Despite a relatively slow start, the past two years have seen exponential growth in the Chinese equity crowdfunding sector, and there are indications that it could skyrocket in the 12 months to come. Chinese New Year on 8 February kicked off the Year of the Monkey, but will 2016 be a year of alternative finance celebration for Zhongguancun, China’s equivalent to Silicon Valley?
Chinese Premier Li Keqiang’s 2014 push to encourage “mass entrepreneurship and innovation” seems to be reaping notable returns. A recent report, the 2015 China Equity Crowdfunding Industry Research Report, by Beijing Jingbei Financial Information Services and Shanghai Jiao Tong University’s Internet Financing Research Institute, reveals that, although Chinese equity crowdfunding may have had a slow start, with only a few platforms established between 2011 and 2013, 46 platforms were established in 2014 and a whopping 75 were set up in 2015. In total, 159 platforms have been established so far, raising approximately £643m (excluding ongoing fundraising projects) in 2015.
In terms of geography, the predominant areas involved are Beijing, Shenzhen and Shanghai, but the market includes a smattering of regional platforms from Zhejiang to Guizhou. The average deal size is between £500,000 and £1m.
In terms of platforms, key players include Renrentou (“Everybody Invests”), which has the largest aggregate deal flow at just over £64m, but a relatively small deal size average of £234,000. Zhongtoubang (“Investment Nation”) and Aijiutou (“Like it? Invest!”) each have larger average deal sizes of around £2m. Meanwhile, Yuekechuangtoujie (“Guaydong Scientific Innovation Investment Zone”) has an average investment size of £9.3m. And then there’s Jingbei Crowdfunding, which seeks to offer a higher level of investor protection using its innovative deal categorisation and a novel collaboration with the China Construction Bank.
Chinese equity crowdfunding is predominantly unregulated. The current People’s Republic of China (PRC) securities law prohibits unauthorised public offering of securities, although amendments proposed for consultation in November 2014 would allow platforms to offer securities to the public, provided that it is done through institutions recognised by the State Council’s regulatory and management body – and the issuers and investors meet certain regulatory eligibility requirements. However, the consultation seems to have made little progress so far.
In the meantime, the China Securities Regulatory Commission has issued guidelines to address this gap. For now, in order to avoid falling under the regulation for public offerings, crowdfunded deals must comply with current PRC securities law, limiting the number of investors to 200 or fewer. They must also satisfy other requirements, such as a minimum deal size of around £100,000, and investor sophistication and net worth qualifications.
The continuing rapid escalation of the growth of the sector may well hinge on the investor thresholds set in the amended legislation. As the proposed thresholds are even higher than the requirements on US platforms under the Jobs Act, if adopted, crowdfunding would be effectively inaccessible for all but China’s wealthiest private investors. On the other hand, investors seem to welcome regulation in an industry where, as professor Mingxiong Luo of Shanghai Jiao Tong University puts it, some platforms take the view that “whatever isn’t forbidden is permitted”.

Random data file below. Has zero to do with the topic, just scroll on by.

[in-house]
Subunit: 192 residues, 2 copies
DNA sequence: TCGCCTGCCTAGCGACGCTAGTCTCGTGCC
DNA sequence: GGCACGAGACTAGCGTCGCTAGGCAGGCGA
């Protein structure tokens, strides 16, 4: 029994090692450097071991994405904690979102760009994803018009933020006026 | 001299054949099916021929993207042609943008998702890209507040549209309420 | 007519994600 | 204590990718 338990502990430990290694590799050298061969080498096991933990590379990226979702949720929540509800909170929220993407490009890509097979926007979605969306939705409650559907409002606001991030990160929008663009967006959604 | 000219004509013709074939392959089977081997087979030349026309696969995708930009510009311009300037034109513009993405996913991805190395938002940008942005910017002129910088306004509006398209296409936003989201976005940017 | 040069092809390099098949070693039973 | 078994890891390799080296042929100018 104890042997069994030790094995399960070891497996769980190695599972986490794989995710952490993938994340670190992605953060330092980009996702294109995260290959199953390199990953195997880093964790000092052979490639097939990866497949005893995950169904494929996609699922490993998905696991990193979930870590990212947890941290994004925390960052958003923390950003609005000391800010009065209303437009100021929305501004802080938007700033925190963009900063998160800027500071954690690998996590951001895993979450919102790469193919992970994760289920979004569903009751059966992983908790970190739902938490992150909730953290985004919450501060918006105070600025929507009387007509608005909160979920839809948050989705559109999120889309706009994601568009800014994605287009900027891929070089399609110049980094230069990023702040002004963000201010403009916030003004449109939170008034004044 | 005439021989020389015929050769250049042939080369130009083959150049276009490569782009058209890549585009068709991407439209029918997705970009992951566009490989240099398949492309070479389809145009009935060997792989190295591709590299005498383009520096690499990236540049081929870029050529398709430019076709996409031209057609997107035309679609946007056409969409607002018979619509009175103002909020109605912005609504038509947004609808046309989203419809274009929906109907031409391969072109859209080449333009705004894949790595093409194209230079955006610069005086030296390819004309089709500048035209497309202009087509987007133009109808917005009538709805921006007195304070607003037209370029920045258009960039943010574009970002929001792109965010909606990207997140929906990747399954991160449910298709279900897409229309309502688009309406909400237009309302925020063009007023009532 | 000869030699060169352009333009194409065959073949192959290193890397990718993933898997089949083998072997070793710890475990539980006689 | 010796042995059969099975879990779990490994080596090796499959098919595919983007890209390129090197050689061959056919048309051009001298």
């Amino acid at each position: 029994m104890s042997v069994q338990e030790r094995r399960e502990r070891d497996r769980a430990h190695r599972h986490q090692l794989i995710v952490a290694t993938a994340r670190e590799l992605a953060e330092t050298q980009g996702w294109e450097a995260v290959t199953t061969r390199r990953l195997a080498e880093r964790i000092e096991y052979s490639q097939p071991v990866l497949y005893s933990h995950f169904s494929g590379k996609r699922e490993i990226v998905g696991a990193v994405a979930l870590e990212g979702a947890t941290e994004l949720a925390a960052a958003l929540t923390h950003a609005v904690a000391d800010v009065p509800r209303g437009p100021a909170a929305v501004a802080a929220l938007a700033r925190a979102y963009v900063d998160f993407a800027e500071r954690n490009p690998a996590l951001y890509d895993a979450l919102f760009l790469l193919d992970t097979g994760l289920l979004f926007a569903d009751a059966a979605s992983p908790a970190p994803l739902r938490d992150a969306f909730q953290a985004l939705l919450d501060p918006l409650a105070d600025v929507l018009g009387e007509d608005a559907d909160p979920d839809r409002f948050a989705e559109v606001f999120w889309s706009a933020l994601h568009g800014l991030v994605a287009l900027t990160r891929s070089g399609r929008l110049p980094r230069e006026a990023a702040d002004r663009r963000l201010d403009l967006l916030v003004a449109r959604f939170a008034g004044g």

The Chinese equity crowdfunding report pinpoints four key challenges for the Chinese crowdfunding market. First, lack of good projects. In comparison to the US or UK, the number of startups in China is statistically lower and, despite their growing number, only 1 to 5 per cent of businesses fundraising on equity crowdfunding platforms are successful when it comes to reaching their target.
Second, difficulties with valuations. As in other jurisdictions, valuations are a hot topic in China, not least because 10 or more valuation models (some of which produce vastly different results) might be used from platform to platform. As the report puts it, in some cases, the price may as well have been set by the entrepreneurs just “slapping their heads”.
Third are challenges around due diligence timescales. Anyone who has done business in China soon discovers that trust must be established before business can follow. However, building trust can involve a thorough due diligence process and face-to-face contact, which is not easily compatible with the crowdfunding model. Increased regulation and improved ability to litigate if something goes wrong may go some way to increase investor confidence in a potentially abbreviated process.
And fourth is exit timescales. As in the UK, five to eight years seems to be a fairly normal exit period for firms. However, 10 to 20 years is also not unusual in China. Guiyang, a city in Guizhou, hopes to partially address the problem with China’s first crowdfunding exchange – a secondary market for investors, with hopes to list more than 3,000 crowdfunded companies within three years.
These factors could well be key reasons why platform turnover seems to be relatively low in China. In 2015, only one platform achieved more than 100 deals (Renrentou, with 256). More than half have only completed between one and 10 deals, and 23 per cent have not yet completed any.
A key theme at the World Crowdfunding Conference in Guiyang in October of last year was the desire to build on lessons learned in the UK and other markets to guide platform regulation and formalise investment structures to improve investor confidence and safety. Whether regulation will be implemented in time to prevent deal or platform failure at a scale that undermines confidence in the sector, but which is light touch enough not to stifle sector growth, may be a determining factor in whether the end of the year will find Chinese crowdfunding investors drinking celebratory shots of maotai.